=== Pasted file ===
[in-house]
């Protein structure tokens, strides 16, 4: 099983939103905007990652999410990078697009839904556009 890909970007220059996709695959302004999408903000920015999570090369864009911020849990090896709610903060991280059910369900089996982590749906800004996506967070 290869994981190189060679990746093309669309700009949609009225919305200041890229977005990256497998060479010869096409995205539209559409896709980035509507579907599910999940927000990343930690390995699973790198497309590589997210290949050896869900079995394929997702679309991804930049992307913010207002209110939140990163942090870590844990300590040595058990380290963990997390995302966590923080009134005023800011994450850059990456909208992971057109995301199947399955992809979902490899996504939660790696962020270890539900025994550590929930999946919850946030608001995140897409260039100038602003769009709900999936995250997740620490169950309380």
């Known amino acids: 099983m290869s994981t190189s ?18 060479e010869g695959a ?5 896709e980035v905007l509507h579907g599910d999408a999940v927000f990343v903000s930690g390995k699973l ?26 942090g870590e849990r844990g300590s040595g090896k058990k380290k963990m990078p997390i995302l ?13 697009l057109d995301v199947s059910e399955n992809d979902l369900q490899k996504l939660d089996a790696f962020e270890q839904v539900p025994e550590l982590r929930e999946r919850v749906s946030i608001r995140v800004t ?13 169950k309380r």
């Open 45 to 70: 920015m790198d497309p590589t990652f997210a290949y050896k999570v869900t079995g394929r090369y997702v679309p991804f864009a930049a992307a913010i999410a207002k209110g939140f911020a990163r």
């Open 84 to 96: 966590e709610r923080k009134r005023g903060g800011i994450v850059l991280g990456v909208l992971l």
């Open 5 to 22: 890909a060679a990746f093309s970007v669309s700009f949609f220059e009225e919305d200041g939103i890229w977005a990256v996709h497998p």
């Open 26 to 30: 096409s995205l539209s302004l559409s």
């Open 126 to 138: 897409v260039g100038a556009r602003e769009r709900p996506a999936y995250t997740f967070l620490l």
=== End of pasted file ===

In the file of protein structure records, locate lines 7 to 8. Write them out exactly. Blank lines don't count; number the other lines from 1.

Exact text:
């Open 26 to 30: 096409s995205l539209s302004l559409s």
């Open 126 to 138: 897409v260039g100038a556009r602003e769009r709900p996506a999936y995250t997740f967070l620490l």